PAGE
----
National Weather Service United States Department of Commerce
Rivers and Lakes
High Water Situations
To help the local community in times of high water, the National Weather Service is spreading the word about Turn Around Don't DrownTM.
 
Turn Around Don't DrownTM (Pocahontas, Arkansas)
 
A record crest of 29.0 feet occurred along the Black River at Pocahontas (Randolph County) on 05/02/2017.
In the picture: A record crest of 29.0 feet occurred along the Black River at Pocahontas (Randolph County) on 05/02/2017. 
 

Conditions were looking very favorable for a huge rainfall event in late April, 2017. A storm system wobbled toward the region from the southern Plains, and the atmosphere contained at least double the usual moisture. Developing thunderstorms eventually wrung this moisture out as torrential downpours. On the 29th, more than a half foot of rain fell in parts of northern Arkansas and much of southern Missouri. Some locations got two months of precipitation in only a day. Area rivers and streams were on the rise.

A record crest of 29.0 feet was reached along the Black River at Pocahontas (Randolph County) on May 2nd (breaking the previous record of 28.5 feet in late April, 2011). Prior to this unprecedented rise, evacuations were ordered on the east side of town, and Highway 67 was shut down.

 

 

Pocahontas (Randolph County) and surrounding areas were inundated with water from an overflowing Black River (and failed levees along the river) on 05/03/2017. This is looking north from Walnut Ridge (Lawrence County). The photo is courtesy of Tracy Brengard (via Twitter).
In the picture: Pocahontas (Randolph County) and surrounding areas were inundated with water from an overflowing Black River (and failed levees along the river) on 05/03/2017. This is looking north from Walnut Ridge (Lawrence County). The photo is courtesy of Tracy Brengard (via Twitter).
 

On the 3rd, the river started dropping as a local levee failed in multiple spots. This led to imminent and widespread flooding in parts of Lawrence and Randolph Counties. A Flash Flood Emergency (mentioning "an extremely dangerous and life-threatening situation") was issued by the National Weather Service in Memphis, TN. Water spread out and covered thousands of acres, and caused million of dollars in damage.

 

Some of the participants at the Turn Around, Don’t DrownTM dedication at Pocahontas (Randolph County) on 06/22/2017 included (from left) Jim Belles, Meteorologist in Charge at the National Weather Service in Memphis, TN, Steve Drillette, Meterolologist in Charge at the National Weather Service in Little Rock, AR (WFO LZK), Randolph County Judge David Jansen, Warning Coordination Meteorologist Dennis Cavanaugh from WFO LZK, Northeast Arkansas Coordinator Anthony Coy, Randolph County Emergency Manager Bo Graham, and Senior Service Hydrologist Tabitha Clarke from WFO LZK. The photo is courtesy of the Pocahontas Star Herald. 
In the picture: Some of the participants at the Turn Around, Don’t DrownTM dedication at Pocahontas (Randolph County) on 06/22/2017 included (from left) Jim Belles, Meteorologist in Charge at the National Weather Service in Memphis, TN, Steve Drillette, Meterolologist in Charge at the National Weather Service in Little Rock, AR (WFO LZK), Randolph County Judge David Jansen, Warning Coordination Meteorologist Dennis Cavanaugh from WFO LZK, Northeast Arkansas Coordinator Anthony Coy, Randolph County Emergency Manager Bo Graham, and Senior Service Hydrologist Tabitha Clarke from WFO LZK. The photo is courtesy of the Pocahontas Star Herald.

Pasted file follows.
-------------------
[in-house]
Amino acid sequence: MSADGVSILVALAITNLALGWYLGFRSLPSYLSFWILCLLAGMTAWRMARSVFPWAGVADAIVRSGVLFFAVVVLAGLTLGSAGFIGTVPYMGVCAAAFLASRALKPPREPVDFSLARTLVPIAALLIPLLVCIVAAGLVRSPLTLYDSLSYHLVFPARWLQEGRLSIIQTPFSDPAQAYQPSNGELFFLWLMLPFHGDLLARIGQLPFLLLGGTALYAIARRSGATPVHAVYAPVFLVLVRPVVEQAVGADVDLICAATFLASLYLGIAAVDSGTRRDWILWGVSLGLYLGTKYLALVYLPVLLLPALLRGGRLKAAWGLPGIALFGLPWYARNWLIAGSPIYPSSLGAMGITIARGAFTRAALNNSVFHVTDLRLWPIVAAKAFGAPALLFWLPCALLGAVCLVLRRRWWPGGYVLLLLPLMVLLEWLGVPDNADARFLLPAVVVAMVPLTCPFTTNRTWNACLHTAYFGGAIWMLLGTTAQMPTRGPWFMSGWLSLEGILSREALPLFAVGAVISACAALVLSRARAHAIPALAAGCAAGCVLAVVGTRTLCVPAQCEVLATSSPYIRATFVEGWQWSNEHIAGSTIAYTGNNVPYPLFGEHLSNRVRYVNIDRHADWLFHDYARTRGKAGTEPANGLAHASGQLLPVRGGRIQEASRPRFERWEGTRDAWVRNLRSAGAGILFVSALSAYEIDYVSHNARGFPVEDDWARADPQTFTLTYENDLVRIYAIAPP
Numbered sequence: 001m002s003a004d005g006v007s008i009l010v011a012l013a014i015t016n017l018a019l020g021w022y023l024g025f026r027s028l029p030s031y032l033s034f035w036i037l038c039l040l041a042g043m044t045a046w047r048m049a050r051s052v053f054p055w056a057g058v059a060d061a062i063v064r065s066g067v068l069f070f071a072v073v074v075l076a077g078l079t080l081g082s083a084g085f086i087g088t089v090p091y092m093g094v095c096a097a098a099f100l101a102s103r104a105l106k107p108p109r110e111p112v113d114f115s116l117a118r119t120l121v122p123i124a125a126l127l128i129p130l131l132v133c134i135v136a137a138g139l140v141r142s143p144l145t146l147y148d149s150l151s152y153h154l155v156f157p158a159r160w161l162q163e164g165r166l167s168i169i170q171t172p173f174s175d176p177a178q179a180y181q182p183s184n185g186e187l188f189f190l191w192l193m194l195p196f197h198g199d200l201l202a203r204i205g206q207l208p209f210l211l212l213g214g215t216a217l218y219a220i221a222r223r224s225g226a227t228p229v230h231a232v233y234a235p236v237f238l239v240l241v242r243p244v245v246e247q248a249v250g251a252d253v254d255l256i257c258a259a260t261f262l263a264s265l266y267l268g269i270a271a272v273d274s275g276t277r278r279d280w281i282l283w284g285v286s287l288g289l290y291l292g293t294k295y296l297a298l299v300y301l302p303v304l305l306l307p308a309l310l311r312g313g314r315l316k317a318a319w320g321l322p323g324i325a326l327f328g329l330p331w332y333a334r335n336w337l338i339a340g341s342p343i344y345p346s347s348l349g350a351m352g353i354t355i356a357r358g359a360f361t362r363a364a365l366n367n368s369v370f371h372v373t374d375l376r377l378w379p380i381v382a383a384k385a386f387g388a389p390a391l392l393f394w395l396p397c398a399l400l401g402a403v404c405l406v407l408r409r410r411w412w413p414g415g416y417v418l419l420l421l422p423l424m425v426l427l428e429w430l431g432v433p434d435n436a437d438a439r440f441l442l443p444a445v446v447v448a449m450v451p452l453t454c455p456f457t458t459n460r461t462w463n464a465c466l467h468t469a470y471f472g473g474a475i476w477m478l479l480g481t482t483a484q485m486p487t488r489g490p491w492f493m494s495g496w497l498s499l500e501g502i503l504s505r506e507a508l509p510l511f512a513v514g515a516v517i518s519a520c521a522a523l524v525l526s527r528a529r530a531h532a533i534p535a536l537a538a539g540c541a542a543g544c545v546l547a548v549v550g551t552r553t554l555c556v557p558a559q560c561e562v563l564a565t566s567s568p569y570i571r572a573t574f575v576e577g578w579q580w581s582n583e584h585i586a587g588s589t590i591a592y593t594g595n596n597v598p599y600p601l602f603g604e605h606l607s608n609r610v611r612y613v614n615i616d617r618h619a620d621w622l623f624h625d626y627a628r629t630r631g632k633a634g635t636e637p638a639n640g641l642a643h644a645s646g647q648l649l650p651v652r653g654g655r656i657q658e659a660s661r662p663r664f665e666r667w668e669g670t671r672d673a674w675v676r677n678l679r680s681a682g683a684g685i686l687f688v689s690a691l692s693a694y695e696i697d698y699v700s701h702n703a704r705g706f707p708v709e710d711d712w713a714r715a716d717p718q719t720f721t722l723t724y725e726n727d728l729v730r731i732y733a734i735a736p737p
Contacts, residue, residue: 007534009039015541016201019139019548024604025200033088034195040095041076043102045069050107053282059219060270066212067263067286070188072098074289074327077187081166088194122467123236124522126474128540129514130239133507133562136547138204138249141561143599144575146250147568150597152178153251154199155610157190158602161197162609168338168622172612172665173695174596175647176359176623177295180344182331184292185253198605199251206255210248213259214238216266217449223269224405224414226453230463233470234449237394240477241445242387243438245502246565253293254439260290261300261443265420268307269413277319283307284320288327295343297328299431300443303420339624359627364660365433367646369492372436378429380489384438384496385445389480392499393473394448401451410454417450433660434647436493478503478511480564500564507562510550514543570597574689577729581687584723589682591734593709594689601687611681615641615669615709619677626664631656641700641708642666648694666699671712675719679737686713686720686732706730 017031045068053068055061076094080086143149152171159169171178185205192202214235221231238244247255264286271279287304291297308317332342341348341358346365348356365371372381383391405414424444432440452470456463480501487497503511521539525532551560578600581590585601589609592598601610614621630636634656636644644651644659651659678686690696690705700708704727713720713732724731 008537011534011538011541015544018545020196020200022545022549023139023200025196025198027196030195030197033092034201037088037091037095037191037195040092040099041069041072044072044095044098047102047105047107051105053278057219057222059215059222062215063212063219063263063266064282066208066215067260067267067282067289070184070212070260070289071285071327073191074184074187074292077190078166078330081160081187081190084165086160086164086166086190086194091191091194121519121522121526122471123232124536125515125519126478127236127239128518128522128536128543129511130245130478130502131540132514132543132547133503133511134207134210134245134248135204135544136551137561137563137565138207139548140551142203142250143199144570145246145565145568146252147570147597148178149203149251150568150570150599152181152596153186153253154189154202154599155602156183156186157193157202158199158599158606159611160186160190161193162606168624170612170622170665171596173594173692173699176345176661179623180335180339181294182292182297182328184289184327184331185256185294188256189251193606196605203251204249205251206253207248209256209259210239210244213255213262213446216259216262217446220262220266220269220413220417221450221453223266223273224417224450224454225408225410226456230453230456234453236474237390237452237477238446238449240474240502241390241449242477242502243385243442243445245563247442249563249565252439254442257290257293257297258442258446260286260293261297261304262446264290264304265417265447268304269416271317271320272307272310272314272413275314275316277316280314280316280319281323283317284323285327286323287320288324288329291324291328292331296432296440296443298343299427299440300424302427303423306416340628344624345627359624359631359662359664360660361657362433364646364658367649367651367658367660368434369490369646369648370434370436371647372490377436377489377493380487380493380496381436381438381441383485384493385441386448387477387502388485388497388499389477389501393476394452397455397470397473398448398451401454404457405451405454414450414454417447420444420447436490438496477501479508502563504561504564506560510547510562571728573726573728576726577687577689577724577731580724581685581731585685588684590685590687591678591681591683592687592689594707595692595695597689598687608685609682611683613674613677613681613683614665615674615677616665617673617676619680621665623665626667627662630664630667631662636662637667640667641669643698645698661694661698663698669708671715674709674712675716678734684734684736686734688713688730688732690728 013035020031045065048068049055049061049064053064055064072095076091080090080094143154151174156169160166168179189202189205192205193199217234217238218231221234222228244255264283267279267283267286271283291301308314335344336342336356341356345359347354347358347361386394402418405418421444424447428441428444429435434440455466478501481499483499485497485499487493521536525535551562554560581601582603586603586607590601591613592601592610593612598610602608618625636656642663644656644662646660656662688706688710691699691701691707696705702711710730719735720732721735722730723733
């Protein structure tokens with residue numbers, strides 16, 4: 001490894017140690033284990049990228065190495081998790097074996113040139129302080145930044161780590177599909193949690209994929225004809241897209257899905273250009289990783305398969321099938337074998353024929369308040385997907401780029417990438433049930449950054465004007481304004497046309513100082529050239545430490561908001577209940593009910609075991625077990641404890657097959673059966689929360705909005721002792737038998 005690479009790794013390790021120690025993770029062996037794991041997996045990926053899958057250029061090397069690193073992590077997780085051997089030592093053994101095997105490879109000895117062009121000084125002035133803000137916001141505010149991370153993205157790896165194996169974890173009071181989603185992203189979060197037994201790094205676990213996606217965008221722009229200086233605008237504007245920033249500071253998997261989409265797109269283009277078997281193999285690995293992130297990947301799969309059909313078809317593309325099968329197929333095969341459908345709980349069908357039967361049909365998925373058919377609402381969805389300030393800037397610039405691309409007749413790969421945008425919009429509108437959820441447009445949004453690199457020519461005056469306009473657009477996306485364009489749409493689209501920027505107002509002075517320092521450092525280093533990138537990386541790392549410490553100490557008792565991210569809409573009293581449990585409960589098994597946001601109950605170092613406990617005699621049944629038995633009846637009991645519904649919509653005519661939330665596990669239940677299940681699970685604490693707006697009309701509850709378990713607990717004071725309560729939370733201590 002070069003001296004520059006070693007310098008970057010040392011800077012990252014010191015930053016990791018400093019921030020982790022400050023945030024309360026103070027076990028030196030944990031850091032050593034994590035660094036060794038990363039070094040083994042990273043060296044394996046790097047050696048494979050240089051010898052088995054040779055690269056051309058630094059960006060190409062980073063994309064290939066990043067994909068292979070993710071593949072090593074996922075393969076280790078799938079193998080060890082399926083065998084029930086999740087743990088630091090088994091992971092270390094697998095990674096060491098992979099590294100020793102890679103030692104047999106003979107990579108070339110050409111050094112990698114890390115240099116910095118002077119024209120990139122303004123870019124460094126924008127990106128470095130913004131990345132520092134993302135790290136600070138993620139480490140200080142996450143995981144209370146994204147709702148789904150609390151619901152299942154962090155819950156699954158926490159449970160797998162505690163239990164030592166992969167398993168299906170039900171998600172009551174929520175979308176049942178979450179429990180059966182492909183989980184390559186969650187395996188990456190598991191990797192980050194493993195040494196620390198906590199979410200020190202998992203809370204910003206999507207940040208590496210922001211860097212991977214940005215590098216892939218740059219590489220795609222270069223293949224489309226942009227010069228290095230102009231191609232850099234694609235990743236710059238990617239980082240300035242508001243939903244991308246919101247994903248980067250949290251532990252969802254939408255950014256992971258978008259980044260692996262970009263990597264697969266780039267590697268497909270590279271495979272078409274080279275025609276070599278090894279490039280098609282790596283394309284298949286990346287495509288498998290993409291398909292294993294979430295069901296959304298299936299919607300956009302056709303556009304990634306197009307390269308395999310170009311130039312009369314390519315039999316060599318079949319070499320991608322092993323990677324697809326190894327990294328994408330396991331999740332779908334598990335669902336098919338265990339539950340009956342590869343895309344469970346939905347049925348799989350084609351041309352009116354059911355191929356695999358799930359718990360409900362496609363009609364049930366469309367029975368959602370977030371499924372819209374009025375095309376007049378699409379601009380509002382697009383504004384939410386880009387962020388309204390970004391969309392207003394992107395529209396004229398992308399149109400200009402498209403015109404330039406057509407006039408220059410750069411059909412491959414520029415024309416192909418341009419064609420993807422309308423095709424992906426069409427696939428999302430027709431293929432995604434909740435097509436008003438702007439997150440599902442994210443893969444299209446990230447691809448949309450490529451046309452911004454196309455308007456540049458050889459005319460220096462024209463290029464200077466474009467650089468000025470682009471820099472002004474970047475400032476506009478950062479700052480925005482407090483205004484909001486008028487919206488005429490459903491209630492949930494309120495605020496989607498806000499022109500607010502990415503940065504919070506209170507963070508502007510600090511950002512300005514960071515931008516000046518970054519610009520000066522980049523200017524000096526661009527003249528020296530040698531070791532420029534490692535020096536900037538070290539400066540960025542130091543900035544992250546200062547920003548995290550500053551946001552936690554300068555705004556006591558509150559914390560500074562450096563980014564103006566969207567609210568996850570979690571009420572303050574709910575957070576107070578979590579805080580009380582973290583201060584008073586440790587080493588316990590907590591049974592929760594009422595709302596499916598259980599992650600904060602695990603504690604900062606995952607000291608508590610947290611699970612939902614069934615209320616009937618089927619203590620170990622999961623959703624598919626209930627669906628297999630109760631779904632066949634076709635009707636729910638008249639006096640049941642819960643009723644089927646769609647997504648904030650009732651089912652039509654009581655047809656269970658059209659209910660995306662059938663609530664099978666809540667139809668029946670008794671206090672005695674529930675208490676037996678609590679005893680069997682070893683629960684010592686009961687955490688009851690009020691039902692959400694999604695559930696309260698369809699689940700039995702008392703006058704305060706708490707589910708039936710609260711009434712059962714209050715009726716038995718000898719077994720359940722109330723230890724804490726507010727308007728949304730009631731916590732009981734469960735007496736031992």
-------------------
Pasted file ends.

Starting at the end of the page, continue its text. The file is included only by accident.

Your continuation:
Events like this remind us of how destructive and potentially deadly flooding can be, and the crippling effects of high water (including stranded motorists, residents in homes turned into islands, etc). To help bring attention to the hazards associated with flooding, Turn Around, Don’t DrownTM signs (placed at two locations in the county) were formally dedicated to Randolph County on June 22nd.

 

 

Map of Pocahontas (Randolph County), with high water sign placement in yellow.
In the picture: Map of Pocahontas (Randolph County), with high water sign placement in yellow.
 

Each year, more deaths occur due to flooding than from any other thunderstorm related event. Why? People tend to underestimate the power of moving water. More than half of all flood related fatalities occur in automobiles that are swept downstream.

 

Severe weather reports on 02/27/2011. Whether you are driving or walking, if you come to a flooded road, TURN AROUND DON'T DROWN.
In the picture: Barriers are there for a reason. Don't ignore the barriers!

 

Turn Around Don't DrownTM (or TADD) is a National Weather Service campaign to warn people of the hazards of walking or driving a vehicle through flood waters. Several counties are adopting TADD signs and posting them at locations where flash flooding often leads to water over the roads.

These TADD Warning Signs are compliant with the Federal Highway Administration's regulations and can be produced and deployed as an official road sign. If your community would like more information on purchasing these signs, contact the Senior Service Hydrologist at the NWS Little Rock office. Civic groups may consider donating or raising money to give to their local community officials for purchase of these TADD signs.